Abstract: This paper describes an active learning approach to the problem of grammatical inference, specifically the inference of deterministic finite automata (DFAs). We refer to the algorithm as the estimation-exploration algorithm (EEA). This approach differs from previous passive and active learning approaches to grammatical inference in that training data is actively proposed by the algorithm, rather than passively receiving training data from some external teacher. Here we show that this algorithm outperforms one version of the most powerful set of algorithms for grammatical inference, evidence driven state merging (EDSM), on randomly-generated DFAs. The performance increase is due to the fact that the EDSM algorithm only works well for DFAs with specific balances (percentage of positive labelings), while the EEA is more consistent over a wider range of balances. Based on this finding we propose a more general method for generating DFAs to be used in the development of future grammatical inference algorithms.
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Bongard's work focuses on understanding the general nature of cognition, regardless of whether it is found in humans, animals or robots. This unique approach focuses on the role that morphology and evolution plays in cognition. Addressing these questions has taken him into the fields of biology, psychology, engineering and computer science.
Danforth is an applied mathematician interested in modeling a variety of physical, biological, and social phenomenon. He has applied principles of chaos theory to improve weather forecasts as a member of the Mathematics and Climate Research Network, and developed a real-time remote sensor of global happiness using messages from Twitter: the Hedonometer. Danforth co-runs the Computational Story Lab with Peter Dodds, and helps run UVM's reading group on complexity.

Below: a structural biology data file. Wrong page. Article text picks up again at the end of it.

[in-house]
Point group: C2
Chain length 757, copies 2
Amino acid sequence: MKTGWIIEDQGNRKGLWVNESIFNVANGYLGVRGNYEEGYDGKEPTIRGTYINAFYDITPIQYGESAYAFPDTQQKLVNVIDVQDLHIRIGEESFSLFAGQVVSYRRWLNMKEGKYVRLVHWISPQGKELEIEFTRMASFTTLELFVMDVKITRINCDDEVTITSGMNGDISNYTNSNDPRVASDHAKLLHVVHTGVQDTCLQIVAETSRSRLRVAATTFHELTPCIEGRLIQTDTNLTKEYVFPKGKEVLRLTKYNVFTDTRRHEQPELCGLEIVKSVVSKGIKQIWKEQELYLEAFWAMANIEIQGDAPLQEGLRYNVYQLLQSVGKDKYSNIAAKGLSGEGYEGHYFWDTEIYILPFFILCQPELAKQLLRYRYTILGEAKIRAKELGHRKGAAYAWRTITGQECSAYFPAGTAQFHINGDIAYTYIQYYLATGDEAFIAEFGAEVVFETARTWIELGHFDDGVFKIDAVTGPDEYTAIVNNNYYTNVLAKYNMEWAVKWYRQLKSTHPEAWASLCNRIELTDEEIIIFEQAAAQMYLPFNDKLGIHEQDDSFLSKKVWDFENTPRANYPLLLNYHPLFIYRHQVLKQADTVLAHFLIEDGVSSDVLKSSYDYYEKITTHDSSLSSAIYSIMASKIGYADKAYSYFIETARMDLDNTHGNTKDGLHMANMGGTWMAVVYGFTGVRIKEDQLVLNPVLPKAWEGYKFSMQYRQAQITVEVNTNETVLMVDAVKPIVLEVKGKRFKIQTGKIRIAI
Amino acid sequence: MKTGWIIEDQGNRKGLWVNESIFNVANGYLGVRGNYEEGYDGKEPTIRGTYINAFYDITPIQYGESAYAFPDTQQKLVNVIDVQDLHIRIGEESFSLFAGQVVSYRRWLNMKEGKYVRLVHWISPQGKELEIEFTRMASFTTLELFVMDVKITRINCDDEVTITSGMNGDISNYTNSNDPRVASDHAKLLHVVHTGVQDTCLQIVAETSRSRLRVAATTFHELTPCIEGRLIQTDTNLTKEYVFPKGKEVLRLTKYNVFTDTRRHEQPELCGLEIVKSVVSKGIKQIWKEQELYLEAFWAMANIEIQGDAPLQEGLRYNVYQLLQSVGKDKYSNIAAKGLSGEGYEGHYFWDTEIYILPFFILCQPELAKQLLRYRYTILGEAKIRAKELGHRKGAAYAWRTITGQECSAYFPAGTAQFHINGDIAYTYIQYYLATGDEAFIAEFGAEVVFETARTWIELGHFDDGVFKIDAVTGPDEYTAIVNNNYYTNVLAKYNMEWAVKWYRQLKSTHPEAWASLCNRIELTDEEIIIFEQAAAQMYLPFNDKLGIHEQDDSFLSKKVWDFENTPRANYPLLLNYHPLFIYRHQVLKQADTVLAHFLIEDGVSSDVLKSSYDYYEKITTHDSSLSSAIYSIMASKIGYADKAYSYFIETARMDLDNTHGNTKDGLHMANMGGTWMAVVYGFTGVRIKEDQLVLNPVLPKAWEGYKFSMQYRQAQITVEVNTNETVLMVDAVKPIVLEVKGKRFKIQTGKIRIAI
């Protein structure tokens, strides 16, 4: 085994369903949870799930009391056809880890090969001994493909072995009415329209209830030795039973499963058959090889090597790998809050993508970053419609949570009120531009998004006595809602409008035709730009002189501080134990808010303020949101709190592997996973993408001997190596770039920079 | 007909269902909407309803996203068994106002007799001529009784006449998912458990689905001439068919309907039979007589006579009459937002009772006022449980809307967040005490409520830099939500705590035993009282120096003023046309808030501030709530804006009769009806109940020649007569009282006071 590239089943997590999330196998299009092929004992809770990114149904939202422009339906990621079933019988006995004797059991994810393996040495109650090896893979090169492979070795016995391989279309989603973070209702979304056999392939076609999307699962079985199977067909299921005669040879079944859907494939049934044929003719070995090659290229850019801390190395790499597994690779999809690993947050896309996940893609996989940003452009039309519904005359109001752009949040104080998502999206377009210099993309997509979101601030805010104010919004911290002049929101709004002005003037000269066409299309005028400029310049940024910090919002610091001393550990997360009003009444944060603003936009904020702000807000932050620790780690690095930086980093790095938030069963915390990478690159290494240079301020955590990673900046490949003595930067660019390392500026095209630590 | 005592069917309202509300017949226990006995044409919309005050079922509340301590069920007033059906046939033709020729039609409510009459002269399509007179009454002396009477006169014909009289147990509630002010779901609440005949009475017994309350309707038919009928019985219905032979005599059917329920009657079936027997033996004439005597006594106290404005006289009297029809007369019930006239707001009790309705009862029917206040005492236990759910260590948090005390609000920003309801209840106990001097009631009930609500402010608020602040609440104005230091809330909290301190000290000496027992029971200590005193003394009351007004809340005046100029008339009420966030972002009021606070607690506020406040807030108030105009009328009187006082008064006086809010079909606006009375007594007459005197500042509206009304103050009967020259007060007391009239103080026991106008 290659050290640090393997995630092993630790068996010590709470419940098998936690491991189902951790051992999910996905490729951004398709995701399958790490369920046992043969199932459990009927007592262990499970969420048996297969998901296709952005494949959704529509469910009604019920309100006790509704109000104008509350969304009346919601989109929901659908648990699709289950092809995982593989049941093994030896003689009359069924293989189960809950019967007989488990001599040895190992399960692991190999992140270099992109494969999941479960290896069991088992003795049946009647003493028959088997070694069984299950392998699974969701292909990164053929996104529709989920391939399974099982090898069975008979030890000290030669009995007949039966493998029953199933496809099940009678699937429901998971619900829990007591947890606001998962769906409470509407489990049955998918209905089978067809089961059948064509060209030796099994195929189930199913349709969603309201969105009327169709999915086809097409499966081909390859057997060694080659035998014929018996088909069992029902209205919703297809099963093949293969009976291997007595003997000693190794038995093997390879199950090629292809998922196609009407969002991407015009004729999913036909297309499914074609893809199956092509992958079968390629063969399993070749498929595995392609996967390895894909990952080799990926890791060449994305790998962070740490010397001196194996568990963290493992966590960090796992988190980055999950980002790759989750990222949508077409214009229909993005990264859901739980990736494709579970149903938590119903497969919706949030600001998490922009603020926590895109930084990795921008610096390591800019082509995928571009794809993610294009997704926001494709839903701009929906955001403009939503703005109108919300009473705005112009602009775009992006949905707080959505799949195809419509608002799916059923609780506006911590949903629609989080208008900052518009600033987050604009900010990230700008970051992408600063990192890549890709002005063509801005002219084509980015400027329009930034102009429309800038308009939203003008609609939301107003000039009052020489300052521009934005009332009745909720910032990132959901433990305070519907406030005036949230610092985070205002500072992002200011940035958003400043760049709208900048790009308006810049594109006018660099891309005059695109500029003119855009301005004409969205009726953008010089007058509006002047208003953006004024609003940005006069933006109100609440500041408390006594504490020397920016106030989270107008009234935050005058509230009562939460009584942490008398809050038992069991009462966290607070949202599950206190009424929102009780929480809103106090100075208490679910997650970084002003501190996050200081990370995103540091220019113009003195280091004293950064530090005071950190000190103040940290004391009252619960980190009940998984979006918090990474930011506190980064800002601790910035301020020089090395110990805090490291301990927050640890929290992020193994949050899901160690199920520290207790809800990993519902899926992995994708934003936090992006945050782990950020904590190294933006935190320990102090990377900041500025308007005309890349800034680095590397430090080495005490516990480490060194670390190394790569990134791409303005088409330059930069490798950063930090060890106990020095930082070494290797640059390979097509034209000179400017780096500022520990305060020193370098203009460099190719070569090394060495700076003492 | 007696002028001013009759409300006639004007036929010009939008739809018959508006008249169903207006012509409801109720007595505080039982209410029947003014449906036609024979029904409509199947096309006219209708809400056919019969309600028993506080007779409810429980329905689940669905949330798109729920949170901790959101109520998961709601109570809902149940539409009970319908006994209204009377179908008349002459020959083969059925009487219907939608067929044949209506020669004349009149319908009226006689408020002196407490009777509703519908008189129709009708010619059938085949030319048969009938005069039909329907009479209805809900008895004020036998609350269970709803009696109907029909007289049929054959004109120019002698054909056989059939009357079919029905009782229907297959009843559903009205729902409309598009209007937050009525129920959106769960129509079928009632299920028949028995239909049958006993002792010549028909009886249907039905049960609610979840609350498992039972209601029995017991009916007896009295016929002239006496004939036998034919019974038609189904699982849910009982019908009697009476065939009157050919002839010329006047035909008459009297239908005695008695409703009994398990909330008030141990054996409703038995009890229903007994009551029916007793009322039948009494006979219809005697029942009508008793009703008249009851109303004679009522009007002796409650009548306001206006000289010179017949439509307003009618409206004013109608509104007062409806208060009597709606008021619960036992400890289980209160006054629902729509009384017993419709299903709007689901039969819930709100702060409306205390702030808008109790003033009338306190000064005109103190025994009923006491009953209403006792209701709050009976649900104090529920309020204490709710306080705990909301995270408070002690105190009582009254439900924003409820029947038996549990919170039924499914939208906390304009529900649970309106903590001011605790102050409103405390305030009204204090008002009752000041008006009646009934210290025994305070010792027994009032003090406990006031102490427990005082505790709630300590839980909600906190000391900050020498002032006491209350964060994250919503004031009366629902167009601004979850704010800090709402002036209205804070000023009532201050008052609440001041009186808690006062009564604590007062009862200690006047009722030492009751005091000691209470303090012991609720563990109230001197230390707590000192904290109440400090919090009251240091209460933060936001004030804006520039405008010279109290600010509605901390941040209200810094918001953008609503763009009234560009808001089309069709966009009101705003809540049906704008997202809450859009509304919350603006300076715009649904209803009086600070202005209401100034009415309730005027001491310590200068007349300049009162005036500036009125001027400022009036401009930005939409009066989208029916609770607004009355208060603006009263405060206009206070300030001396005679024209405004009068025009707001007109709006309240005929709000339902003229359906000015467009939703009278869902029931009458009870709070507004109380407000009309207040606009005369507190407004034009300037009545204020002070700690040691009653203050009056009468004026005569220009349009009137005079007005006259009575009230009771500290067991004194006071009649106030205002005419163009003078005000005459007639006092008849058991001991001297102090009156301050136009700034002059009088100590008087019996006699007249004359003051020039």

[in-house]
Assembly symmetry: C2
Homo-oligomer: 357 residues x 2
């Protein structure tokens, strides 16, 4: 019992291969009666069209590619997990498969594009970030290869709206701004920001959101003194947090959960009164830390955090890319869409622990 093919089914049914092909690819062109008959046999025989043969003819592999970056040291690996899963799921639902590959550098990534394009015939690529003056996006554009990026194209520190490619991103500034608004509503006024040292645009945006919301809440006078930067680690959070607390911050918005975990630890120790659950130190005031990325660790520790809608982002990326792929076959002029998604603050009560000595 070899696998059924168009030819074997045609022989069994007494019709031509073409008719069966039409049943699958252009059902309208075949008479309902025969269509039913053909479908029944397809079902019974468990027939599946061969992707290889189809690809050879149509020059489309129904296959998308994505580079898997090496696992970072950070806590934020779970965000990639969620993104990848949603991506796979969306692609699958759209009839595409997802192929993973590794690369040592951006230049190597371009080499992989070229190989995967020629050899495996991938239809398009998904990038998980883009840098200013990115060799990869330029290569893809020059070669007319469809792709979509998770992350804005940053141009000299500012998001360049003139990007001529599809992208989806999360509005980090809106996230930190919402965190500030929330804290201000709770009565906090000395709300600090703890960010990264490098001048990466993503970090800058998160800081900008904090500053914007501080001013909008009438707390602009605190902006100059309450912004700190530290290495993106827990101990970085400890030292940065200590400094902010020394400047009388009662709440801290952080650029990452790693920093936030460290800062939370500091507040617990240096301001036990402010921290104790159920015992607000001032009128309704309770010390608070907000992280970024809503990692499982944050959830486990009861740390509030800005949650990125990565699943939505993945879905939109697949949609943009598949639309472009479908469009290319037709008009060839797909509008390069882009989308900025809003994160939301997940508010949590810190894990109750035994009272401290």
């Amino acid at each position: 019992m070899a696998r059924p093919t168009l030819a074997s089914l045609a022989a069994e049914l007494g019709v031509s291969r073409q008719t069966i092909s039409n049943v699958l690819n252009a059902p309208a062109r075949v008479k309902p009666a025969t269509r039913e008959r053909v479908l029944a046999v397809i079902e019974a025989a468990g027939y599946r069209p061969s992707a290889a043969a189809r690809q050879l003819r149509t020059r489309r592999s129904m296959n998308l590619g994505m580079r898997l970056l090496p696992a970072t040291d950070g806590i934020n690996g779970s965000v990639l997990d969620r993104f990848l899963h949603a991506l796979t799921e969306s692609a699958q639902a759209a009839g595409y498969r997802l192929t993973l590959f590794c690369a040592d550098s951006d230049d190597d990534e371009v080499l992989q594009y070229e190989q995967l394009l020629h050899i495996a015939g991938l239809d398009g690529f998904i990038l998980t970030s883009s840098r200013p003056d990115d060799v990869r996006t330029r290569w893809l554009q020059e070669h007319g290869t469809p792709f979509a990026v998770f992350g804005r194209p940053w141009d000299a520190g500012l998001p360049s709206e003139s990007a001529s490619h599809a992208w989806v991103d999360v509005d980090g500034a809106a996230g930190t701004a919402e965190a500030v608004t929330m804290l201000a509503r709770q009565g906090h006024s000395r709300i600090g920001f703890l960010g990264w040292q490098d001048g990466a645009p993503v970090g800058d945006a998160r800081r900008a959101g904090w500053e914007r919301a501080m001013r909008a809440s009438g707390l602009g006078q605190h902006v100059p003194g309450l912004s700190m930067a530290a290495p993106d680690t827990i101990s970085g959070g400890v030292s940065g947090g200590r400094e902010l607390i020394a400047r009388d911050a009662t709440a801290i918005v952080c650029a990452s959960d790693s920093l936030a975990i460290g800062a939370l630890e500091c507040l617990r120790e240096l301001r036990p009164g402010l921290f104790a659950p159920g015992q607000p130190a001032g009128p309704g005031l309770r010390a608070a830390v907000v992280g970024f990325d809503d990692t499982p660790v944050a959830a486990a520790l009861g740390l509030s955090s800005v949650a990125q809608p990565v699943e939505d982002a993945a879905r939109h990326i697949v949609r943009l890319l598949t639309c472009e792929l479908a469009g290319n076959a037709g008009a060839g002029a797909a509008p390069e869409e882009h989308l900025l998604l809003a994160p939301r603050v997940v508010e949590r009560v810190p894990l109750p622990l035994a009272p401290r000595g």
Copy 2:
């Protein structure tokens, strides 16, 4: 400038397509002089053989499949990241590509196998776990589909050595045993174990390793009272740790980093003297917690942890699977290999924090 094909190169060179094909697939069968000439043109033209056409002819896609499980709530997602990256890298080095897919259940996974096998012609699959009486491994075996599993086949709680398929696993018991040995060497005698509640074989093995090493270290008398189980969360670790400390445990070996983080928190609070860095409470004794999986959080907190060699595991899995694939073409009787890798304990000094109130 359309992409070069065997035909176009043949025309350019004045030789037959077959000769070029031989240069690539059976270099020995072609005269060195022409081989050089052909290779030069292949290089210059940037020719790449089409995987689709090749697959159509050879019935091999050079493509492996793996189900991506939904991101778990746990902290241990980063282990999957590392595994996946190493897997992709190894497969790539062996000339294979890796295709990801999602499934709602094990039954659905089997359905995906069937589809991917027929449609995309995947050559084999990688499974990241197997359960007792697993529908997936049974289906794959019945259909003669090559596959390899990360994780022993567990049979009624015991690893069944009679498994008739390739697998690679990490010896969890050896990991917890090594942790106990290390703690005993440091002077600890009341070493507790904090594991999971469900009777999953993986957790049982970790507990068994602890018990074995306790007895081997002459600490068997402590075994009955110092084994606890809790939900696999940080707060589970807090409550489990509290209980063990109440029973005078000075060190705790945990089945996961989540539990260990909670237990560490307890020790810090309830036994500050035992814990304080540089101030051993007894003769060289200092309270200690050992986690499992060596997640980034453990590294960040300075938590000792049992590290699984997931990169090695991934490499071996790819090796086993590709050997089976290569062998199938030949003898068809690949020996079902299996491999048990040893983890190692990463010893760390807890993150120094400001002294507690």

Laurent studies the interaction of structure and dynamics. His research involves network theory, statistical physics and nonlinear dynamics along with their applications in epidemiology, ecology, biology, and sociology. Recent projects include comparing complex networks of different nature, the coevolution of human behavior and infectious diseases, understanding the role of forest shape in determining stability of tropical forests, as well as the impact of echo chambers in political discussions.
Hines' work broadly focuses on finding ways to make electric energy more reliable, more affordable, with less environmental impact. Particular topics of interest include understanding the mechanisms by which small problems in the power grid become large blackouts, identifying and mitigating the stresses caused by large amounts of electric vehicle charging, and quantifying the impact of high penetrations of wind/solar on electricity systems.
Bagrow's interests include: Complex Networks (community detection, social modeling and human dynamics, statistical phenomena, graph similarity and isomorphism), Statistical Physics (non-equilibrium methods, phase transitions, percolation, interacting particle systems, spin glasses), and Optimization(glassy techniques such as simulated/quantum annealing, (non-gradient) minimization of noisy objective functions).